Another creative way of storing objects is combining it with other pieces of furniture. Staircases are the most commonly-used example of multipurpose furniture pieces, since users can take advantage of the empty space beneath the steps and transform it into a coat closet, a warehouse, a pantry, or a decorative bookcase. Combining storage with furniture is not necessarily limited to small spaces, but to how much storage space is needed and the size of items being stored.
For some users, being able to see the content of their storage is not so frowned-upon. Instead of finding ways to hide their belongings, architects and designers took the liberty of displaying them using exposed storage and shelving, turning them into decorative features. Having visual access to what’s stored makes it easier for users to organize and retrieve their objects, whereas visually, the items become an added value to the interior design of the space.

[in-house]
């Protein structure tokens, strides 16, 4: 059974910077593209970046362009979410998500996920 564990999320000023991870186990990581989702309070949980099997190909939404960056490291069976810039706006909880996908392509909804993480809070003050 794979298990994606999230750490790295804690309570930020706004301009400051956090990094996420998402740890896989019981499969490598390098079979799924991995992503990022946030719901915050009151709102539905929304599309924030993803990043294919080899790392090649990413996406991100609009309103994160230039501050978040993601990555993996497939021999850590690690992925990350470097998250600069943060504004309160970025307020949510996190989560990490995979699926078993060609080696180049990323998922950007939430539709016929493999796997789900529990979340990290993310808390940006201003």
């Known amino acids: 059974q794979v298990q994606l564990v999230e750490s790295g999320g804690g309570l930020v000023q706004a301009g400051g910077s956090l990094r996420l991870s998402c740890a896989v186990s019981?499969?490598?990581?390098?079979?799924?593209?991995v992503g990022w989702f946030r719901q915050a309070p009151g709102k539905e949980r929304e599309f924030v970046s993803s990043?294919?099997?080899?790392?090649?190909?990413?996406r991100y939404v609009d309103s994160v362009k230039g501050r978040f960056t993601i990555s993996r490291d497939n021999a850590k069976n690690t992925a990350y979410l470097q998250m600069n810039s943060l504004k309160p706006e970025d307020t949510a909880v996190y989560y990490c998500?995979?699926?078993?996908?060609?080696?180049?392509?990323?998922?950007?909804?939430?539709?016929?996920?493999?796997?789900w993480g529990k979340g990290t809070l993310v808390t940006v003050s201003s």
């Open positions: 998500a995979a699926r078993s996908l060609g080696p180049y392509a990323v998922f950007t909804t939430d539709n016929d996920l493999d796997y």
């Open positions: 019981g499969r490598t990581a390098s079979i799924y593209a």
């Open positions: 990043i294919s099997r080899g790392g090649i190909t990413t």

The larger the interior is, the more liberated designers are in adding storage space – not just in terms of where they’re allocating it, but how much space they are dedicating exclusively for storage. Free-standing storage units are often seen in retail stores and warehouses, due to their open-floor plans. In these types of projects, designers build a series of modular storage units that are easy to configure based on the merchandise. In residential projects or offices, designers create these units as elements of their own, serving as decorative sculptural pieces or spatial partitions.
Combined with Furniture – Multipurpose